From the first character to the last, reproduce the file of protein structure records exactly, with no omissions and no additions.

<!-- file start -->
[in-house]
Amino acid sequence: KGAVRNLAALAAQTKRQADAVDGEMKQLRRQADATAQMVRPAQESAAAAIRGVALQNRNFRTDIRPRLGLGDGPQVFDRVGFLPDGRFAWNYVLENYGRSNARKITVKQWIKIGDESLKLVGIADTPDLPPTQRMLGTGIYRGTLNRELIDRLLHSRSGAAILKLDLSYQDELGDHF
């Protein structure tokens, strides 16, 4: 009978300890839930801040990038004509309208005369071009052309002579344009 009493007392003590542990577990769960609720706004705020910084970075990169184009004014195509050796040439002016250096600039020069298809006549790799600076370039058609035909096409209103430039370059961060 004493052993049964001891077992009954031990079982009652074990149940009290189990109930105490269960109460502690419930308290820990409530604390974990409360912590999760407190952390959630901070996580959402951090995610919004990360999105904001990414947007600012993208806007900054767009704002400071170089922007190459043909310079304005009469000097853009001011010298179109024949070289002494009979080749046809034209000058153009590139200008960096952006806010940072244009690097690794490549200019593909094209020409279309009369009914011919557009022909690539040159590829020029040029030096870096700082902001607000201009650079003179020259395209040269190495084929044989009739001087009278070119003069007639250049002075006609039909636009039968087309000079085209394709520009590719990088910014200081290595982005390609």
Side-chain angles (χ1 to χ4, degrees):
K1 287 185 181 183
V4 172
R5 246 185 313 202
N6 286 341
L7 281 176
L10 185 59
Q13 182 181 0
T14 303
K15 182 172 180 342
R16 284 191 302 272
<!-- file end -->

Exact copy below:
[in-house]
Amino acid sequence: KGAVRNLAALAAQTKRQADAVDGEMKQLRRQADATAQMVRPAQESAAAAIRGVALQNRNFRTDIRPRLGLGDGPQVFDRVGFLPDGRFAWNYVLENYGRSNARKITVKQWIKIGDESLKLVGIADTPDLPPTQRMLGTGIYRGTLNRELIDRLLHSRSGAAILKLDLSYQDELGDHF
């Protein structure tokens, strides 16, 4: 009978300890839930801040990038004509309208005369071009052309002579344009 009493007392003590542990577990769960609720706004705020910084970075990169184009004014195509050796040439002016250096600039020069298809006549790799600076370039058609035909096409209103430039370059961060 004493052993049964001891077992009954031990079982009652074990149940009290189990109930105490269960109460502690419930308290820990409530604390974990409360912590999760407190952390959630901070996580959402951090995610919004990360999105904001990414947007600012993208806007900054767009704002400071170089922007190459043909310079304005009469000097853009001011010298179109024949070289002494009979080749046809034209000058153009590139200008960096952006806010940072244009690097690794490549200019593909094209020409279309009369009914011919557009022909690539040159590829020029040029030096870096700082902001607000201009650079003179020259395209040269190495084929044989009739001087009278070119003069007639250049002075006609039909636009039968087309000079085209394709520009590719990088910014200081290595982005390609």
Side-chain angles (χ1 to χ4, degrees):
K1 287 185 181 183
V4 172
R5 246 185 313 202
N6 286 341
L7 281 176
L10 185 59
Q13 182 181 0
T14 303
K15 182 172 180 342
R16 284 191 302 272